La révolution de février de février 1848 a mis fin à la monarchie de Juillet et inauguré la brève expérience de la IIe République. Mais quatre mois après cet immense espoir, l'armée et les gardes mobiles ont brisé l'insurrection des ouvriers et artisans parisiens. Pendant plusieurs jours, la République a bombardé et massacré les insurgés tuant plusieurs milliers d'entre eux. C'est cette histoire tragique et oubliée que restitue ce livre. Il s'appuie sur une impressionnante iconographie de l'époque, largement inédite, rassemblée par les auteurs : quelque 250 dessins, lithographies, estampes, gravures et tableaux illustrent avec une précision extraordinaire l'histoire de ce mois fatidiques. Ce corpus étonnant est mis en perspective par la relation historique des auteurs, qui montrent en quoi les événements de juin 1848 constituent un moment clé pour comprendre la mise en berne des utopies surgies de l'inachèvement de la Révolution française. En s'appuyant largement sur les récits de témoins ou acteurs des événements, d'Alexis Tocqueville à Georges Sand, de Flaubert à Lamartine, ils rendent compte de ce temps d'ouverture exceptionnelle à l'espérance et à la liberté de penser, tout en retraçant la fatale succession des drames par lesquels cette société est passée du rêve au cauchemar. A la manière d'un reportage, ce livre met en scène la fabrique de l'histoire dans l'avènement de l'événement. Avec ses interprétations contradictoires qui se croisent, de manière souvent aveugle, dans le feu de l'action.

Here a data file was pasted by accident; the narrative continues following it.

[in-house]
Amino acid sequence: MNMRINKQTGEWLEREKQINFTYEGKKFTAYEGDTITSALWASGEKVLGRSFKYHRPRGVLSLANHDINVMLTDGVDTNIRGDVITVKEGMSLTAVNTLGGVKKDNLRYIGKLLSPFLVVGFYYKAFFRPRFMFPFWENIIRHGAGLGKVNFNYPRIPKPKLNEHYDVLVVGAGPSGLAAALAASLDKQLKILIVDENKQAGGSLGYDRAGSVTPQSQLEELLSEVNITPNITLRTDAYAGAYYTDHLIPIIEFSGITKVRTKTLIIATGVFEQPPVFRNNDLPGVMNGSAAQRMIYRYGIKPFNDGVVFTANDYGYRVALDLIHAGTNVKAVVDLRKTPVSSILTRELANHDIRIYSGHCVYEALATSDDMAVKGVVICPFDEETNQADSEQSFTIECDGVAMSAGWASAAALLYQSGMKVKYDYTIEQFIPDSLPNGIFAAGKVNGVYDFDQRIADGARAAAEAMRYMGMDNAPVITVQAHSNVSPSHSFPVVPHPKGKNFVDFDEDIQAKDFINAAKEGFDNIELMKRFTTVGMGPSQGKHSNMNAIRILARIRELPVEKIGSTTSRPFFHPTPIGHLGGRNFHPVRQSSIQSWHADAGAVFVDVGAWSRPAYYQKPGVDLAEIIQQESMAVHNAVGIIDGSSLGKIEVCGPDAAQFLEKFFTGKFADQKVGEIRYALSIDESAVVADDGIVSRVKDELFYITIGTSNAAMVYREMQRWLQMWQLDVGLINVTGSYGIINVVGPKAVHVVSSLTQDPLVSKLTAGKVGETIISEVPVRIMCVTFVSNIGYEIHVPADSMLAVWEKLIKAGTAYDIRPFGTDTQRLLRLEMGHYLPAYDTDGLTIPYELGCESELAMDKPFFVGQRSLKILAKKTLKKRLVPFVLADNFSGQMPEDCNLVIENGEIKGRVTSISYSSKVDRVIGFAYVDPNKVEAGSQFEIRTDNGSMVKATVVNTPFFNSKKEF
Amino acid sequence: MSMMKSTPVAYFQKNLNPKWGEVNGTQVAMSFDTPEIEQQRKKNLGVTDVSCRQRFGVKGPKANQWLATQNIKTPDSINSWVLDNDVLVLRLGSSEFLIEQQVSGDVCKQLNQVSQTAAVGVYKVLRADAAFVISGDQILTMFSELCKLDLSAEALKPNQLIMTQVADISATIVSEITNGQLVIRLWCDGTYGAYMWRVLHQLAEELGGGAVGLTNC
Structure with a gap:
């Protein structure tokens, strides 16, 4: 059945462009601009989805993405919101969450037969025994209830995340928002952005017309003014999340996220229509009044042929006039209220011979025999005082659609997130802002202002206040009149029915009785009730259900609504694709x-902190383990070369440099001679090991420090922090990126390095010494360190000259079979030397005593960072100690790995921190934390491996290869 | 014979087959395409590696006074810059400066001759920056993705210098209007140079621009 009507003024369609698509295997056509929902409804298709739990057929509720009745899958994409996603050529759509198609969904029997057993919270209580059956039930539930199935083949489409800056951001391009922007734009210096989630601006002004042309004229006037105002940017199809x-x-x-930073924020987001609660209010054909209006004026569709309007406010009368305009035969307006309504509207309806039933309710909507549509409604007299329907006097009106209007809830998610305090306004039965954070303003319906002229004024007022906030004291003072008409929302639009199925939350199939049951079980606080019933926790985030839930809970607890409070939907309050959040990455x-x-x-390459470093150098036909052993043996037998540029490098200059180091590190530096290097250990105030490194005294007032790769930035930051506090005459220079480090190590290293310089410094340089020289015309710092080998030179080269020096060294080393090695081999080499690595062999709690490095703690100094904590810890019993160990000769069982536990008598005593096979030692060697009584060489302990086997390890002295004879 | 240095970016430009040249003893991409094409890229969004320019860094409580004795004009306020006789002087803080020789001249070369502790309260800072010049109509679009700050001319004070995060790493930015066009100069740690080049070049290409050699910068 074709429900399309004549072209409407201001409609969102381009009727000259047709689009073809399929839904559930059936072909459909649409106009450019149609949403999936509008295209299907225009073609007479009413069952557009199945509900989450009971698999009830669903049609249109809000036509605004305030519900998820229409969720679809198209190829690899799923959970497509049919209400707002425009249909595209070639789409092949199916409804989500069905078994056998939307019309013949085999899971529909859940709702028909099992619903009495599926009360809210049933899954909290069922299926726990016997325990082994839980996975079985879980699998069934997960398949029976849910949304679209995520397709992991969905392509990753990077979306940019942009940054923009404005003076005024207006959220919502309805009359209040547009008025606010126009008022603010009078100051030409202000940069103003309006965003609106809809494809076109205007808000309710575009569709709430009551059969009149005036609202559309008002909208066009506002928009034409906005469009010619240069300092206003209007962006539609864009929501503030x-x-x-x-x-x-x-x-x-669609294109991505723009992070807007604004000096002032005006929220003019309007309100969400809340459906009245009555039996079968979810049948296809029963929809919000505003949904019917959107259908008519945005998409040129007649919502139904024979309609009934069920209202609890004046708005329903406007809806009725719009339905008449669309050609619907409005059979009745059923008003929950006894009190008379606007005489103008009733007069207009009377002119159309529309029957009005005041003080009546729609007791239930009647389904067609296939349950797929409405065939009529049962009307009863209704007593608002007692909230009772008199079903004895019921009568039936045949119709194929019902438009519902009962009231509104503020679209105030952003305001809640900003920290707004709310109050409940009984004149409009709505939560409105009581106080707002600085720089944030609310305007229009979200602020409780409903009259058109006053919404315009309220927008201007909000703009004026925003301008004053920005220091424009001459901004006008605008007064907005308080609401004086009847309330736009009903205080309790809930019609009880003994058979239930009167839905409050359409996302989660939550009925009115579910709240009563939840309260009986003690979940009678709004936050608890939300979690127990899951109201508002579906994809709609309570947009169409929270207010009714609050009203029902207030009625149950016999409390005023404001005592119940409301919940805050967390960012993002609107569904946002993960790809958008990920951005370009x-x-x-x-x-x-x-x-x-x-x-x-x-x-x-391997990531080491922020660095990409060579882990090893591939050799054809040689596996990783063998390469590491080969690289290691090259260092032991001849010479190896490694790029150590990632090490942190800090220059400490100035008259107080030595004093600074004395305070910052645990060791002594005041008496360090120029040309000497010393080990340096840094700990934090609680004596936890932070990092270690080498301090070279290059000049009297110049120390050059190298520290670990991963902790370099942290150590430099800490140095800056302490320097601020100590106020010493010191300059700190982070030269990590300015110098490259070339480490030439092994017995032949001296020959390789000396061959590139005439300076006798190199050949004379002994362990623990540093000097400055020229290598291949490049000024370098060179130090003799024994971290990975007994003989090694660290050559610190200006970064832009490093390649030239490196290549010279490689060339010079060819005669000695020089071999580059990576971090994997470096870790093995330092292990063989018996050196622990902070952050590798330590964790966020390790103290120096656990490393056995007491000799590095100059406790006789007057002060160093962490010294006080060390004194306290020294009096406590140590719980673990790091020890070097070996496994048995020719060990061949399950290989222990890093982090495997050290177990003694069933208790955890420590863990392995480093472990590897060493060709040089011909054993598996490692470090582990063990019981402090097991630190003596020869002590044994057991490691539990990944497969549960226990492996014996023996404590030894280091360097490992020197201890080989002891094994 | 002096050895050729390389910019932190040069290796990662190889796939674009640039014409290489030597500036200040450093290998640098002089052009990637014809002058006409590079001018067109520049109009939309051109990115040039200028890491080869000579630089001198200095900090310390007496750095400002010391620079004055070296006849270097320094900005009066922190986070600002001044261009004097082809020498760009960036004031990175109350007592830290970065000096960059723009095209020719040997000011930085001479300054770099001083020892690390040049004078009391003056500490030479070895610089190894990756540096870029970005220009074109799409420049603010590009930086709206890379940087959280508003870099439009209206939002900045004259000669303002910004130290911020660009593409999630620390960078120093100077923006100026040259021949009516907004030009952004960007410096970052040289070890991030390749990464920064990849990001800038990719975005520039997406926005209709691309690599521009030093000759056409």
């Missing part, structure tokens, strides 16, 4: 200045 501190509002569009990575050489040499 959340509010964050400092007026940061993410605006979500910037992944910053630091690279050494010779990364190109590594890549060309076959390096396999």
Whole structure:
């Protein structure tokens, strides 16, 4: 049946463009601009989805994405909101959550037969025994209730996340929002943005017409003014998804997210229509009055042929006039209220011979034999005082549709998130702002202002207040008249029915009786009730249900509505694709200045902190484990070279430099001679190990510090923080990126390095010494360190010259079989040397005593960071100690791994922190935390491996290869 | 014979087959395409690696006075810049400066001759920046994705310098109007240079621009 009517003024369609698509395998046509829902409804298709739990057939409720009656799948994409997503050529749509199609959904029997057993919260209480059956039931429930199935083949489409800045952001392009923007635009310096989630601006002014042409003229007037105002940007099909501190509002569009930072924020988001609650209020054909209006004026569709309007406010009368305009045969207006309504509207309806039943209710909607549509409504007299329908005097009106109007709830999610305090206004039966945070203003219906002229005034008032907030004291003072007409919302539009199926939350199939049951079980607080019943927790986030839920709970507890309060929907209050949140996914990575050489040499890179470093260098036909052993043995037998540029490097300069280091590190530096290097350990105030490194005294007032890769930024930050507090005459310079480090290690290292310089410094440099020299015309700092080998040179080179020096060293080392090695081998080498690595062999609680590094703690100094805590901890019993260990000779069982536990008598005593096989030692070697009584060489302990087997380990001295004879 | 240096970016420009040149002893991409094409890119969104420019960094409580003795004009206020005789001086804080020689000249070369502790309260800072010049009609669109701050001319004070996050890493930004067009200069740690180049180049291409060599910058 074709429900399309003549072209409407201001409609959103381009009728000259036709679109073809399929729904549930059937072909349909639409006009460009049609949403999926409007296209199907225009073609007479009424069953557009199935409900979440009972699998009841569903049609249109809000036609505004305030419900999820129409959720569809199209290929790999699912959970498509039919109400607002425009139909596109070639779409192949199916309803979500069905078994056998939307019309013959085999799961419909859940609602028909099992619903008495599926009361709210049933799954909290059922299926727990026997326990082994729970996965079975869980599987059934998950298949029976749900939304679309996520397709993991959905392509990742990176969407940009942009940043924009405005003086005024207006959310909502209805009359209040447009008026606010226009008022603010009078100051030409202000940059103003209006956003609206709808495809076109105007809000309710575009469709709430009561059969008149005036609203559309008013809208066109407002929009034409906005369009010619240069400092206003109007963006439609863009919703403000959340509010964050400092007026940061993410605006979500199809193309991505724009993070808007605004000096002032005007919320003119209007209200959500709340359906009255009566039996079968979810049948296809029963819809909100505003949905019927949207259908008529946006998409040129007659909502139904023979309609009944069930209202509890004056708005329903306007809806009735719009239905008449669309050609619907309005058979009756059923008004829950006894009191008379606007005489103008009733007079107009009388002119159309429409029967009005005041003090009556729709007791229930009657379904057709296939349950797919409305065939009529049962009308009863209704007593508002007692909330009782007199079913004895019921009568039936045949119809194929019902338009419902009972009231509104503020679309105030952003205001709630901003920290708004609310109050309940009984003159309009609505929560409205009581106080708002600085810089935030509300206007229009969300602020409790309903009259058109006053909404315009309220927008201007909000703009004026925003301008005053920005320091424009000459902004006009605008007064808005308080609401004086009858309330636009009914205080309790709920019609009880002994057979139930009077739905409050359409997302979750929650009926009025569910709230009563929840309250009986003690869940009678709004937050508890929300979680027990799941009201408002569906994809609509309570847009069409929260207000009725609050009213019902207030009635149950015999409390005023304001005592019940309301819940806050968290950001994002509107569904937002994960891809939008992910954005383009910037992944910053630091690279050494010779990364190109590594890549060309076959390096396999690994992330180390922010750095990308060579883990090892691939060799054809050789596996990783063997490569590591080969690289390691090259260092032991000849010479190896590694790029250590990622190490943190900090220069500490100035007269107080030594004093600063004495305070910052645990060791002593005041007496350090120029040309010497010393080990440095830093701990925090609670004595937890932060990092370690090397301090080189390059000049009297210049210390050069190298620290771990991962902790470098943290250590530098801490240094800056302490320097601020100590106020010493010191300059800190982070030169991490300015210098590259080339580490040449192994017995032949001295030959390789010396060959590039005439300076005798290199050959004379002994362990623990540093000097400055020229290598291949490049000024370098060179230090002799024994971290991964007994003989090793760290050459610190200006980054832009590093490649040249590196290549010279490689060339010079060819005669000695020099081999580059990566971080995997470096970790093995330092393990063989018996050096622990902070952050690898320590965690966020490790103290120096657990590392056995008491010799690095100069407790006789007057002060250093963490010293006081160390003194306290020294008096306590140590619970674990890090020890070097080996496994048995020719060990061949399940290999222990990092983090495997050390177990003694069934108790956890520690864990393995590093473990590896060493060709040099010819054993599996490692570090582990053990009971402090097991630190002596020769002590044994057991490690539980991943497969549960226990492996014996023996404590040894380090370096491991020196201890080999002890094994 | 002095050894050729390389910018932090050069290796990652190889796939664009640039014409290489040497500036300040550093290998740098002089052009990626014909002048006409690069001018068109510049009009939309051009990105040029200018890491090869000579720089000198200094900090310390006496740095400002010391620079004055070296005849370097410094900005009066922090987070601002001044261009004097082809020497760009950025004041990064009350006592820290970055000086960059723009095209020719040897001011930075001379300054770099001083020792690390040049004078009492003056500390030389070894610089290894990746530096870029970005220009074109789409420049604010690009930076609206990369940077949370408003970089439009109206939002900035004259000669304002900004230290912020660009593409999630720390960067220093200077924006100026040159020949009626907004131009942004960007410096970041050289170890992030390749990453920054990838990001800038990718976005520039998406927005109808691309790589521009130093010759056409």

Author: Massimo Mastrogregori
Publisher: Walter de Gruyter GmbH & Co KG
Every year, the Bibliography catalogues the most important new publications, historiographical monographs, and journal articles throughout the world, extending from prehistory and ancient history to the most recent contemporary historical studies. Within the systematic classification according to epoch, region, and historical discipline, works are also listed according to author’s name and characteristic keywords in their title.